The life story of Paulo Coelho may be a book in and of itself. During his teens, his parents committed him to a psychiatric facility. They believed that his unruly behavior was a sign of mental illness. There he was subjected to the traumas of electroshock therapy.
Coelho dropped out of school in his twenties to travel around South America with a goal to become a journalist. However, after a life-changing pilgrimage to Santiago de Compostela, he decided to pursue his lifelong dream of becoming a writer. Through his works, he invites readers to reflect on their life and analyze their decisions and habits.
Here is a list of five Paulo Coelho books you must read :
The Alchemist, Coelho’s most influential novel, is recommended by millions of people. The protagonist of the novel is Santiago, an adolescent shepherd from Andalusia (modern-day Spain).
This is an incredible work of fiction about magic, fate, dreams, and omens. This book emphasizes self-assurance, reflection, overcoming adversity, and pushing yourself beyond your comfort zone. This book will make you think about your ambitions and aims, and you’ll wonder why you confine yourself to safe and familiar situations when you can achieve amazing things. The message is simple and uncomplicated, yet it will stick with you for a long time. This is a book that everyone should read and then pass on to others.
Maria is a young Brazilian girl who works as a shop assistant in a fabric store. While on vacation in Rio de Janeiro for a week, a Swiss man approaches her on the beach at Copacabana. He offers her a position as a cabaret performer in Geneva. While this may appear to be the start of a fairy tale, the truth is quite different. Maria succumbs to prostitution and does it without guilt. Despite her numerous adventures, she meets a young painter who is as perplexed as she. In this compelling and daring new novel, Paulo Coelho compassionately examines the sacred essence of love and sex, urging us to confront our own biases and demons and embrace our own “inner light.”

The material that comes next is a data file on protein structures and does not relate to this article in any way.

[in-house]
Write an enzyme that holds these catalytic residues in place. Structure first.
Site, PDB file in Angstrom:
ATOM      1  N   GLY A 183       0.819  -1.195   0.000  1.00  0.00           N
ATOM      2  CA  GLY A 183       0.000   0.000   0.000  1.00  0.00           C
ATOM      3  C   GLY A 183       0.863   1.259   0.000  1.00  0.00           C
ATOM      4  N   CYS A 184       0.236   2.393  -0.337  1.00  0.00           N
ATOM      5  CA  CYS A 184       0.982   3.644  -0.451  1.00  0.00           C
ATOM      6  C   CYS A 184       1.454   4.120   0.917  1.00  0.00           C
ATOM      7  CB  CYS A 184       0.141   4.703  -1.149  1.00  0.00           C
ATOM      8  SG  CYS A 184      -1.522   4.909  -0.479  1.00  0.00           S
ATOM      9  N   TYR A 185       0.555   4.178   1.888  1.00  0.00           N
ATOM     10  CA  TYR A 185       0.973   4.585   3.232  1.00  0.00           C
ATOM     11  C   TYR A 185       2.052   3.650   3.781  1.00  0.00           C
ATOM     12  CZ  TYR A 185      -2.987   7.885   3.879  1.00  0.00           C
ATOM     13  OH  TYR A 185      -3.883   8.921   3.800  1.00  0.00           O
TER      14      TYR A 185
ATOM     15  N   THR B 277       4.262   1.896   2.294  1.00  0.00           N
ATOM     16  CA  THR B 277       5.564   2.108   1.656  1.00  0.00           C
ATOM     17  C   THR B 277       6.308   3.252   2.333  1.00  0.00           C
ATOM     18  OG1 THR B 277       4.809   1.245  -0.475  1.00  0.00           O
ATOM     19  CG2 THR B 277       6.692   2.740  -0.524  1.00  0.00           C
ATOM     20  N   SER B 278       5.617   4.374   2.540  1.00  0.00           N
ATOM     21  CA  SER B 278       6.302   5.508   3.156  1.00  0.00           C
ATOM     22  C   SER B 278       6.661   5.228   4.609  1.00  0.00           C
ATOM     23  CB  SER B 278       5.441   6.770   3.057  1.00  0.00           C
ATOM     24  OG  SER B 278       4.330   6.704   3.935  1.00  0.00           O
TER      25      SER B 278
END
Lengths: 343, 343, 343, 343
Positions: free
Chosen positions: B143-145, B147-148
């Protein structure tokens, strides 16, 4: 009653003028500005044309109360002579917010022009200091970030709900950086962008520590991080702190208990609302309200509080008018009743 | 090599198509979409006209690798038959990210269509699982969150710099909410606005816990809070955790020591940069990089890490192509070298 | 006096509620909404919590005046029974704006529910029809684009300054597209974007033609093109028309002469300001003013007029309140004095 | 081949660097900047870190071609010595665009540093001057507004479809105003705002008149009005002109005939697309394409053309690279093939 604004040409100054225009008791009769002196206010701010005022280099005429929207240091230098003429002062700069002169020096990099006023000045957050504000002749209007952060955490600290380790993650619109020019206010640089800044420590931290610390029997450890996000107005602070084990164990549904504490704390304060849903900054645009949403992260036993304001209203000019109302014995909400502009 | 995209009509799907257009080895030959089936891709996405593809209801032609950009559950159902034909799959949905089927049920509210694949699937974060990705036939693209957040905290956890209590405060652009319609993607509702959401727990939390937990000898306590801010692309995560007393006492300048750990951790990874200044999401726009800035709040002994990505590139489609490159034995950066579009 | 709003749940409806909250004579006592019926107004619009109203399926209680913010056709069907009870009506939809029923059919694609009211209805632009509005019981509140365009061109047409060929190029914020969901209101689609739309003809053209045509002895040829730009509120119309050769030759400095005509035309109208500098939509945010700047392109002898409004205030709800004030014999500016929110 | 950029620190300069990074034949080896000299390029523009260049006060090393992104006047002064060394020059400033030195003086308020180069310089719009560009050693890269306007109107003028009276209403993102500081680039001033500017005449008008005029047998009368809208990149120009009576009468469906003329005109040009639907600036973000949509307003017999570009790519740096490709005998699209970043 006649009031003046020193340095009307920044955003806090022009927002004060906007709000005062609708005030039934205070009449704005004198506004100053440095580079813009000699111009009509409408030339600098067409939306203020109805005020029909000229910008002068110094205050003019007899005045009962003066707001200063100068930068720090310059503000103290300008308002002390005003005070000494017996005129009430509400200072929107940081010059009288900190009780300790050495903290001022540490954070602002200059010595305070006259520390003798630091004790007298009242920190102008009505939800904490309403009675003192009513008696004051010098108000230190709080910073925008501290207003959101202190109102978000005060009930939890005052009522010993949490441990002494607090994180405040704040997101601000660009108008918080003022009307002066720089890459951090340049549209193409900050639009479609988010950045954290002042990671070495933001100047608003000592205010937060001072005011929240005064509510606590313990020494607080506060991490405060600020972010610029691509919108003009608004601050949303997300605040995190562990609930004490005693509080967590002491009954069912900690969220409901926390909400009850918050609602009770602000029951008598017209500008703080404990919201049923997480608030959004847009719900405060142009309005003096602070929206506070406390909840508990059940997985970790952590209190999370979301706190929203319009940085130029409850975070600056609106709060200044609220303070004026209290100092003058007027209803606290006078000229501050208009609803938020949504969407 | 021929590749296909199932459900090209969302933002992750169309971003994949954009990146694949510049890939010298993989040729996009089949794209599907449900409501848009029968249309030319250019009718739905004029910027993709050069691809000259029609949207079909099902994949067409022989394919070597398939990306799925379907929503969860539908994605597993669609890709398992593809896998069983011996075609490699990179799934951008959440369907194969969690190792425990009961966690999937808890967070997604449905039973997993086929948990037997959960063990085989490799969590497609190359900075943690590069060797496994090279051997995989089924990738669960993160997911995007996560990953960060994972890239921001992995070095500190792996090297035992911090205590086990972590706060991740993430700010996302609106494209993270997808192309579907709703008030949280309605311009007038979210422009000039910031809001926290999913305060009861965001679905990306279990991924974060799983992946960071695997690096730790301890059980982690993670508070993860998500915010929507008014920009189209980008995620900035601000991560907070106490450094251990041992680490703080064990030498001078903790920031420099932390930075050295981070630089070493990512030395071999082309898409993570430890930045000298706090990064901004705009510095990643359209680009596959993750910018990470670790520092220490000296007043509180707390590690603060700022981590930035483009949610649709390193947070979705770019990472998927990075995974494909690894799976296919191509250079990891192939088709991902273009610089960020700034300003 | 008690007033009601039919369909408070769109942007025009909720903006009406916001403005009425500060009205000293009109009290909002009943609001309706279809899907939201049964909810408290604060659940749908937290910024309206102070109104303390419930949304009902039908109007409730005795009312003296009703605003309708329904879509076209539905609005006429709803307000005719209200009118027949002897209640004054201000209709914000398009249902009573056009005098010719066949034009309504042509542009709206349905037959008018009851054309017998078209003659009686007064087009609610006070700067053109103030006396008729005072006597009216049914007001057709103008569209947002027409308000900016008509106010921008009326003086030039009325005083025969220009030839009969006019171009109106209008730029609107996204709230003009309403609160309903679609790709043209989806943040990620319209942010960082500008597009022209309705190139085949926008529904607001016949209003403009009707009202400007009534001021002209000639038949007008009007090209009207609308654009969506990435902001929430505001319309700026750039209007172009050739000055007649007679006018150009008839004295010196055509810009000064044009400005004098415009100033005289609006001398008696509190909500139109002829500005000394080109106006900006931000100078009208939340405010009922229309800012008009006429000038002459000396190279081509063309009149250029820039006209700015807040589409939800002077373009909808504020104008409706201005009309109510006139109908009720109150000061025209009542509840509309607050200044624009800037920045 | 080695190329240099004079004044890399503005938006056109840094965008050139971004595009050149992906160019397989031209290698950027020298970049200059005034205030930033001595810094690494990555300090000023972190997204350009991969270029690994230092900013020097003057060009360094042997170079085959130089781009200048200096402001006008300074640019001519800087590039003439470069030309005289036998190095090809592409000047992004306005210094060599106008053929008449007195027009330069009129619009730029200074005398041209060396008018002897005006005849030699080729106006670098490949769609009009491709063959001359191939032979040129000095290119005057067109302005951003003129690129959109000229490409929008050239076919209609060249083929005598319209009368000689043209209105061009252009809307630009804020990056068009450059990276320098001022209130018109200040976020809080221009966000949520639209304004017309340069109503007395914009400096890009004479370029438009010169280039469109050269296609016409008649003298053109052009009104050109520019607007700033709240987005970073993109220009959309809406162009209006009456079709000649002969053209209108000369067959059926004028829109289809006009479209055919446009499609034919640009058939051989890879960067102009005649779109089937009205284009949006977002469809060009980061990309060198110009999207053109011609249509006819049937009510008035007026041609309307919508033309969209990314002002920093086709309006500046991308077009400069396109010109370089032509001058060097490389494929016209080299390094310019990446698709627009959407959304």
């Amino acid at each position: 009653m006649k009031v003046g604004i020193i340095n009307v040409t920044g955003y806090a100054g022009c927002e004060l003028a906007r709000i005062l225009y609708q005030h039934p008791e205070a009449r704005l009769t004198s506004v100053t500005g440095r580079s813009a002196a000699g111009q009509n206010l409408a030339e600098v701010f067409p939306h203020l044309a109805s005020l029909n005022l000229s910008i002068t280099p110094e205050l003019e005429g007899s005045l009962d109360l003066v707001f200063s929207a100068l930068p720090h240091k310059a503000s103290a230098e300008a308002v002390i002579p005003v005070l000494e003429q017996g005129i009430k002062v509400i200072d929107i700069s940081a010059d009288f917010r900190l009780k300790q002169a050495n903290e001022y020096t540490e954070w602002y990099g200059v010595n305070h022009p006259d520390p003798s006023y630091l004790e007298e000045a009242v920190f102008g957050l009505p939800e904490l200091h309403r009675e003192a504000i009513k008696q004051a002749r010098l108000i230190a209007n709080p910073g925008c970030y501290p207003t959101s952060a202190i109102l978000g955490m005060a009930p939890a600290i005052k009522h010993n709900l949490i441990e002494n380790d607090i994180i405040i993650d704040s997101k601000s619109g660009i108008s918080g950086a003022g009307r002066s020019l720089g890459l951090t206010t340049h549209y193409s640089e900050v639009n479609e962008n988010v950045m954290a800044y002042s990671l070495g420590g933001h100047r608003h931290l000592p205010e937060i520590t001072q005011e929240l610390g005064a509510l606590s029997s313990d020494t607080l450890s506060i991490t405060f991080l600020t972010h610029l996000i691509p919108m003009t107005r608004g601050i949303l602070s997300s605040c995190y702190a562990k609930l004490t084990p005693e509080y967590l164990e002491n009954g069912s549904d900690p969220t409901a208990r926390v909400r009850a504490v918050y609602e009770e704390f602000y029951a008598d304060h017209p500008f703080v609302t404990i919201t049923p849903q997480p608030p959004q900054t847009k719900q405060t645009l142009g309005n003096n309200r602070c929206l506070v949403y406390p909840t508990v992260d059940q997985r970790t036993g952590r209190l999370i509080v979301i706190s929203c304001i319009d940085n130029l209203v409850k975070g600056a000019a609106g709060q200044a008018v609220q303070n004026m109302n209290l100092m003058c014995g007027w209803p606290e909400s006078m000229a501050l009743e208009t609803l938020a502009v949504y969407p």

When his wife vanishes without a trace, a great writer abandons all of his life’s convictions. He will travel from Paris to Central Asia, crossing the steppe and the desert, searching for something that will give his life more meaning. Paulo Coelho revisits old stories and far-off traditions to recall themes of love, the voyage of self-knowledge, and the roots of belief. He speaks of isolation and independence and ponders man’s future quest for stability, love, and spirituality.
When war broke out in her homeland, Athena, the adopted daughter of a wealthy Lebanese family, moved to London. She falls in love with a man at university and, as a result, becomes pregnant. Despite their families’ wishes, the young couple overcomes hurdles and marries, but their romance does not endure. All this time, Athena can’t stop thinking about the woman who gave birth to her. She wanted to find her and understand what prompted her to leave her child. What she discovers along the way will change the course of her life and the lives of others she cares about.
Veronika is a Slovenian woman who looks to have it all on the surface. However, she attempts suicide by overdosing on sleeping pills a few pages in. She then wakes up at a mental facility. Although the overdose did not kill her, it did leave her with a heart condition. Veronika learns that the institution has a sense of freedom rather than being scared and worried.
She has complete autonomy over what she says and does. Along the process, Veronika learns to make the best of life and not see the worst in everything. Coelho’s experience in psychiatric hospitals is explored in-depth in this book. But, more crucially, the theme of insanity is present throughout the narrative.
Is it true that people with mental illnesses are insane? Is it the perspective of the outer world that gives them that appearance? Coelho wrestles with these recurrent philosophical concerns once more.
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